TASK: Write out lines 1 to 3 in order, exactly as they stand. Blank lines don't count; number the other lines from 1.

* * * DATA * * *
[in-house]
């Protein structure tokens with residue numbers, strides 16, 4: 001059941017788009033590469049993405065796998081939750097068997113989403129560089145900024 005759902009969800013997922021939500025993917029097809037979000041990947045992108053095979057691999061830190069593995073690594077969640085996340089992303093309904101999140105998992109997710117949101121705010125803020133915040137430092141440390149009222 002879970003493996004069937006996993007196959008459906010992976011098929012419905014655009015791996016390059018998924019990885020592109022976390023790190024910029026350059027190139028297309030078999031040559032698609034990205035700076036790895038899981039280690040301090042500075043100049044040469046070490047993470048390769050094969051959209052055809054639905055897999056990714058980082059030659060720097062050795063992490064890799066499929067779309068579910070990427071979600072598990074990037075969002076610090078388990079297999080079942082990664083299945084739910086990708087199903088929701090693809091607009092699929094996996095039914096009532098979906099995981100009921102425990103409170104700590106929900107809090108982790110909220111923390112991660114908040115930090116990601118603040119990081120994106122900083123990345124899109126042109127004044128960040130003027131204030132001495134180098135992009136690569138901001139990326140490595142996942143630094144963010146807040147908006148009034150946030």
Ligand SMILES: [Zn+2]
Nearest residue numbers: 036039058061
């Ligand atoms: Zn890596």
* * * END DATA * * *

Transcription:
[in-house]
């Protein structure tokens with residue numbers, strides 16, 4: 001059941017788009033590469049993405065796998081939750097068997113989403129560089145900024 005759902009969800013997922021939500025993917029097809037979000041990947045992108053095979057691999061830190069593995073690594077969640085996340089992303093309904101999140105998992109997710117949101121705010125803020133915040137430092141440390149009222 002879970003493996004069937006996993007196959008459906010992976011098929012419905014655009015791996016390059018998924019990885020592109022976390023790190024910029026350059027190139028297309030078999031040559032698609034990205035700076036790895038899981039280690040301090042500075043100049044040469046070490047993470048390769050094969051959209052055809054639905055897999056990714058980082059030659060720097062050795063992490064890799066499929067779309068579910070990427071979600072598990074990037075969002076610090078388990079297999080079942082990664083299945084739910086990708087199903088929701090693809091607009092699929094996996095039914096009532098979906099995981100009921102425990103409170104700590106929900107809090108982790110909220111923390112991660114908040115930090116990601118603040119990081120994106122900083123990345124899109126042109127004044128960040130003027131204030132001495134180098135992009136690569138901001139990326140490595142996942143630094144963010146807040147908006148009034150946030």
Ligand SMILES: [Zn+2]